West Hartford’s Braeburn Elementary School proudly showed off the beautiful new reading corner in the library to students and a group of celebrity readers during the annual ‘Fancy Nancy’ Day.
By Ronni Newton and Gillian Hixson
Braeburn students – boys as well as girls – clad in glittery tiaras, boas, tutus, suits, and other “fancy” attire, streamed into the school’s library on Thursday to visit with a group of local celebrities who took turns reading from “Fancy Nancy” books in the brand new reading corner.
Library Media Specialist Claudine Lavoie said that “Fancy Nancy” Day has been a fixture at Braeburn for at least seven or eight years. It started when Jane O’Connor, the author of the best-selling “Fancy Nancy” series of children’s books, came out with a new book and Lavoie decided to introduce it as part of an event.
“We started inviting special guests,” she said, and in past years members of the fire and police departments have attended as special guest readers of Fancy Nancy books. “Even if I forgot about it the staff wouldn’t allow it,” she said.
This year, Lavoie invited some guest readers, like State Sen. Beth Bye and State Rep. Derek Slap, who were particularly supportive of the school libraries during the budget season.
Other visiting readers included NBC Connecticut Meteorologist Ryan Hanrahan, and Marla Perlstein and her beloved “reading dog” Justice.
The reading portion of the day is only for students in grades K-2, but Lavoie said that most of the older students and staff still dress up.
“For those students who may be struggling with their identity, this is day when they can do it – put on a tutu or a tie” and feel comfortable, Lavoie said.
The excitement about Fancy Nancy Day was augmented by its location – in the brand new reading corner of Braeburn’s library. Thursday was also the grand opening for the space which has been closed off for the past year.
Former Braeburn parent Jill Gavalis took a white wall and transformed it into an enchanted forest – a mural filled with children’s book characters and other whimsical creatures. No corner was left untouched, and even the columns were painted with characters.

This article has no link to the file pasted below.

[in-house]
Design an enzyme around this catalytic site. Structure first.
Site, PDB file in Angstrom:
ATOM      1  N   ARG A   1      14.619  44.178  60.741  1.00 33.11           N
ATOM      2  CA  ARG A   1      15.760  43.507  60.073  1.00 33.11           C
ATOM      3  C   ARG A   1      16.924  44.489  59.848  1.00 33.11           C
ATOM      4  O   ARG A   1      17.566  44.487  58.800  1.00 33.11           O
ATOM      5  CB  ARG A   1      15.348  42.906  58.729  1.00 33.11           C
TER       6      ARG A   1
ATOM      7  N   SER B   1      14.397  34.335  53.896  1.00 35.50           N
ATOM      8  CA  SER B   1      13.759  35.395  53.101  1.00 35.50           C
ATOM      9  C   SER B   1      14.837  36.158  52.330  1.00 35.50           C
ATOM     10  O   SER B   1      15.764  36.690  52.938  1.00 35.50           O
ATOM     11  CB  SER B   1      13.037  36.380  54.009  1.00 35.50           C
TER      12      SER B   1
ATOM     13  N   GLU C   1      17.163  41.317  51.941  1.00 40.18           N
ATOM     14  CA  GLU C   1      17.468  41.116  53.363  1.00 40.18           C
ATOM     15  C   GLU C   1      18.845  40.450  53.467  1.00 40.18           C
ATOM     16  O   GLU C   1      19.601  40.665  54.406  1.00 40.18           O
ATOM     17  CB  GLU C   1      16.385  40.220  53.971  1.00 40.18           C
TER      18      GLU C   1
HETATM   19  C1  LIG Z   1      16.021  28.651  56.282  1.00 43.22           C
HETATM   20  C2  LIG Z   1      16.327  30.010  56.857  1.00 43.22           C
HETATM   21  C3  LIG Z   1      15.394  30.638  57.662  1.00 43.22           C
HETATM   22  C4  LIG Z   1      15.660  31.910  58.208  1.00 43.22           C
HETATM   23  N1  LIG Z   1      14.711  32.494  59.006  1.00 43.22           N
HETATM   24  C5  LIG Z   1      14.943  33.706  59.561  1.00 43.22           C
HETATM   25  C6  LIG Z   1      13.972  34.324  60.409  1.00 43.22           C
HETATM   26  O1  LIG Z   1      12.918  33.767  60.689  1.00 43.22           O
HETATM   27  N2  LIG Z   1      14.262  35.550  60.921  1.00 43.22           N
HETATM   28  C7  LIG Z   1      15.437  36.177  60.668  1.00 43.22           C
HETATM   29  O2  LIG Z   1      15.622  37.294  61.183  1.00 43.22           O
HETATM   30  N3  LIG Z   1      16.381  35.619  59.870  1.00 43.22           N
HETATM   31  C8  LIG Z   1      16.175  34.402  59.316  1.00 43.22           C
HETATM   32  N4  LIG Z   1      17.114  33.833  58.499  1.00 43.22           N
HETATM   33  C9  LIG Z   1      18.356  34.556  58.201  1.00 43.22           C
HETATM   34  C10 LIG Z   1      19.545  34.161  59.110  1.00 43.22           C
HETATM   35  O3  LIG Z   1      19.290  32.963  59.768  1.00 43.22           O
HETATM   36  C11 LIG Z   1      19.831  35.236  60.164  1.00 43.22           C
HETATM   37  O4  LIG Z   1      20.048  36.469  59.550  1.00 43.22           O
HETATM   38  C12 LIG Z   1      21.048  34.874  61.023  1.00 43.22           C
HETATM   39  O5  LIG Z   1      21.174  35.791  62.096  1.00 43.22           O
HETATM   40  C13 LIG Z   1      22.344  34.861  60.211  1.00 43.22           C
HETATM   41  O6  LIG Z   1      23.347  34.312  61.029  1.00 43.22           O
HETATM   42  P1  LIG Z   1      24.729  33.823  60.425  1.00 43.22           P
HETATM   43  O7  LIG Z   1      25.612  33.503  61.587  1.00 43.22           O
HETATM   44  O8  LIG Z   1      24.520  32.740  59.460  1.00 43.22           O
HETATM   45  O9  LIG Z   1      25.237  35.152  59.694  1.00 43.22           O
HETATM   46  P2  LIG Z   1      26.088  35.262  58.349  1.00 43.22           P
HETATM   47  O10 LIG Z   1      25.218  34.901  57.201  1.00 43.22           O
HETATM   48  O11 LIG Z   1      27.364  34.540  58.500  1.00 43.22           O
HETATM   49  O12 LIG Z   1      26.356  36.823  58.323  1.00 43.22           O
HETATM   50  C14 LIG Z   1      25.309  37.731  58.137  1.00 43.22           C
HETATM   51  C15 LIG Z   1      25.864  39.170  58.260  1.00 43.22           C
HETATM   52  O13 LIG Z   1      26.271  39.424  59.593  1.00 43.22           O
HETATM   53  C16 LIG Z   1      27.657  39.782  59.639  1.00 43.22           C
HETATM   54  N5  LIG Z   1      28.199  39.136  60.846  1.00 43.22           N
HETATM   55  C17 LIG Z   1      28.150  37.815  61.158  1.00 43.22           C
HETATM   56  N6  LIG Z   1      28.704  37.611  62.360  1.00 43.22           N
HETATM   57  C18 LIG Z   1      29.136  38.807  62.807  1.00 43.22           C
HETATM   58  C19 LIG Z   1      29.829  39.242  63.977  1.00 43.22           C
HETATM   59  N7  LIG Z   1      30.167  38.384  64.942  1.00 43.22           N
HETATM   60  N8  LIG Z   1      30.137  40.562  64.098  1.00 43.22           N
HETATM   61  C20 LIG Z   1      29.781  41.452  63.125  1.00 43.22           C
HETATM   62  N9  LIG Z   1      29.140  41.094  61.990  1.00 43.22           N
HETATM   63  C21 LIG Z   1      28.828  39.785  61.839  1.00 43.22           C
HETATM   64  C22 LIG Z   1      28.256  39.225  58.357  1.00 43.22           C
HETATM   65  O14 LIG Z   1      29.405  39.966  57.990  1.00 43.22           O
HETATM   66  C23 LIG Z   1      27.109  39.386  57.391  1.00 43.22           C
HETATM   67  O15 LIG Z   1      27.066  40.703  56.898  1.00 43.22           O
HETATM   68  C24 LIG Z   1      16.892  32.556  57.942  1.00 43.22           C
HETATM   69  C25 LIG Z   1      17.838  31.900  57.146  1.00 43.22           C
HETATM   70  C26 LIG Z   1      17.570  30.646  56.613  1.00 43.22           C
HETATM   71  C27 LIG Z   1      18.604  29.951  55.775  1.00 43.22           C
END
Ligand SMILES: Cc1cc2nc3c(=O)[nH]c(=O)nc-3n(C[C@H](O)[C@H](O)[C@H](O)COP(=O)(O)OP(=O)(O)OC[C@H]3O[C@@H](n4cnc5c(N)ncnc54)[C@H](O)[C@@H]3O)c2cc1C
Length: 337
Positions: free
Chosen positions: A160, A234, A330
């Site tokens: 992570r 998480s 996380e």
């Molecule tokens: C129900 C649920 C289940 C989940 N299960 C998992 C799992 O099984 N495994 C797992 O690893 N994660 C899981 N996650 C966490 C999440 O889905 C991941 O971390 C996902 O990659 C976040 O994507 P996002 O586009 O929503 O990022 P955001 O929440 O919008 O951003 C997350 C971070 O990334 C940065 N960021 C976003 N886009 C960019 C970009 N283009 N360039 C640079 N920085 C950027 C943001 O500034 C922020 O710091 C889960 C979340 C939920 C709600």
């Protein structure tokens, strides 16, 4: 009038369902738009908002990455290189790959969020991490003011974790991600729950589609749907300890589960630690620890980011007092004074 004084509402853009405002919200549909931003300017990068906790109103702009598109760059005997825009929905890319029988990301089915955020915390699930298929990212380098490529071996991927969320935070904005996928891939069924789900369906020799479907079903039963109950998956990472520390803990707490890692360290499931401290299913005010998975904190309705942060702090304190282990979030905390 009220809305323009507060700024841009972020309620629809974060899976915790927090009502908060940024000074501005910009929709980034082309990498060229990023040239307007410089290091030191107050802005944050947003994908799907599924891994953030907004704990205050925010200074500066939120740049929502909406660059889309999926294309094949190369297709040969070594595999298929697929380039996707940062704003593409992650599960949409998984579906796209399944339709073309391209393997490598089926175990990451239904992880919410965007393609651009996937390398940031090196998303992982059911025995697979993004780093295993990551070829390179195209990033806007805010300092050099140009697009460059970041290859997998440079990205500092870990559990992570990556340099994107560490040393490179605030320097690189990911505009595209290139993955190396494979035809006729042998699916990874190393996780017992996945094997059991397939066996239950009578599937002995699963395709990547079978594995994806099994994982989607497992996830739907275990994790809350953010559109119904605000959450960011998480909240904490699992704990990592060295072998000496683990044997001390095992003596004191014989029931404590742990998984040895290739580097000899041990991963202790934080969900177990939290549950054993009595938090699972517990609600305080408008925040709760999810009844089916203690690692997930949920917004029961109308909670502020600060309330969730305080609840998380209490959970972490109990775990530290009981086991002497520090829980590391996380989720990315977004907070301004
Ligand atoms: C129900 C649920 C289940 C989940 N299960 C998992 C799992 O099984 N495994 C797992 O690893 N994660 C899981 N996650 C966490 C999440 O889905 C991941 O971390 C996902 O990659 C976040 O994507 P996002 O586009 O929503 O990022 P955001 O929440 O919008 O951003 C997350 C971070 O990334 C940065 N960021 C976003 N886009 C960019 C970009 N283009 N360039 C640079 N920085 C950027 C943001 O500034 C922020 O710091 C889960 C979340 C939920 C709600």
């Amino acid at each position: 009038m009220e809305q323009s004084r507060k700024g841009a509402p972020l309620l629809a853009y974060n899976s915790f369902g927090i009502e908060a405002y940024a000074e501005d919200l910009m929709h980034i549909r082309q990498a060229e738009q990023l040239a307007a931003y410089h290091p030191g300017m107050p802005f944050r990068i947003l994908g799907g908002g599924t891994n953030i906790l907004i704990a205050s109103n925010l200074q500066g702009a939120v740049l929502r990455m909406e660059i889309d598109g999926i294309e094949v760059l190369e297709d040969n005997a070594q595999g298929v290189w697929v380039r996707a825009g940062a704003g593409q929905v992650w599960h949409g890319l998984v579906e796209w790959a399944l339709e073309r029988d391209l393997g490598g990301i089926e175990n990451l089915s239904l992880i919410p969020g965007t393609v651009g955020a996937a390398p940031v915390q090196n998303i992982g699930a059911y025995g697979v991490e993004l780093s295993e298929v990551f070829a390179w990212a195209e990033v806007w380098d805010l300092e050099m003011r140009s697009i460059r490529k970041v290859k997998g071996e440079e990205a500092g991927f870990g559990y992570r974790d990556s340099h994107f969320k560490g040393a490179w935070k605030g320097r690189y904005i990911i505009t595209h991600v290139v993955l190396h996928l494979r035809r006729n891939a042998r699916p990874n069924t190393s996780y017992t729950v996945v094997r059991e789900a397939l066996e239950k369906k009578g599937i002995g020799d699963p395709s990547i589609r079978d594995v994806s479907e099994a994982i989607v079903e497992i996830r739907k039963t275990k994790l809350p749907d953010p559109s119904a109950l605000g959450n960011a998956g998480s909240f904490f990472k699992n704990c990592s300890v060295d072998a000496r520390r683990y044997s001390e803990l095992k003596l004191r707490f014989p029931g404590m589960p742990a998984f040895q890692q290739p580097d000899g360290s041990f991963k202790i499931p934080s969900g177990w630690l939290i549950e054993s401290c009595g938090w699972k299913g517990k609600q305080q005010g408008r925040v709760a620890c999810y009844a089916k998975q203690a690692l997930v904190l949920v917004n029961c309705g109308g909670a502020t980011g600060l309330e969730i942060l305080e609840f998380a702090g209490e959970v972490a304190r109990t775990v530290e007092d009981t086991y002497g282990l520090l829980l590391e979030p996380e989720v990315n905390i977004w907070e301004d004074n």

There’s even a portrait of Justice, Perlstein’s 11-year-old mixed breed and a frequent Braeburn visitor, on one of the columns.
“I came up with the sketches after Claudine [Lavoie] suggested an enchanted forest,” Gavalis said. She estimated it took her 350 hours to paint, and the former music teacher said that although she had sketches, the painting was all done freehand.
One of her favorite vignettes in the mural, Gavalis said, is of the three bears. “They’re gender neutral,” she said of the large, medium, and small bears who are shown sitting on a blanket. The small bear is wearing a blue Braeburn t-shirt, but none are clearly male or female so that students from all kinds of families can relate to the scene.
“It was a labor of love. I love this school. It’s so fulfilling to me,” Gavalis said of the mural and her other project for the library. She did all the work as a volunteer – as was the case when she built the puppet theater and “reading porch” which also grace Braeburn’s library.
Gavalis said that when she built the puppet theater and porch she enlisted the help of her father, who has a wood shop, but she did all of the mural painting herself. For all of the projects, she worked closely with Plant Services Director Bob Palmer, she said, to ensure that everything was done safely and to code.
“Whenever I walk into a West Hartford Public School and go to an event like this I think this town is just amazing,” Bye said after finishing reading to Marta Weidel’s first grade class.
Bye said she loved that everyone was in character – including the staff – and that it really encourages the kids to read. “It’s the little things they do that matter.”
Before he started reading, Slap asked the young students if they had any good ideas that he could help turn into laws at the state capitol.
“No littering,” said one girl. “No being fresh, saying ‘shut up’ or ‘stupid,'” suggested another student. Slap told the students that those were some very good ideas.
Hanrahan was appearing as a celebrity guest reader at Braeburn’s Fancy Nancy Day for the second year in a row, though he admitted he had never heard of Fancy Nancy before his invitation to last year’s event.
One student in Silvia Lopes’ first grade class helped choose a tiara and some boas to “fancy” up the shirt and tie combination that Hanrahan was wearing for his regular role as a TV meteorologist.
“It is awesome to see all the kids get excited about reading,” Hanrahan said. He said he tries to attend events like this one at as many schools as possible, in West Hartford as well as throughout the region.
Hanrahan told the students that he knew he wanted to be a meteorologist – that’s a “fancy word for weatherman,” he said – since he was three or four years old, and enjoys these opportunities to read books and talk about weather.
The kids visibly fed off his passion and excitement, asking, “What’s the weather on Saturday going to be?”
“What about June 19th (the last day of school)?”
“What about June 2nd (the birthday of a particularly spunky and forthcoming girl)?”
Hanrahan said that Saturday will be sunny but cooler, and as for the important dates in June, he said that “sunny and warm” would be likely.
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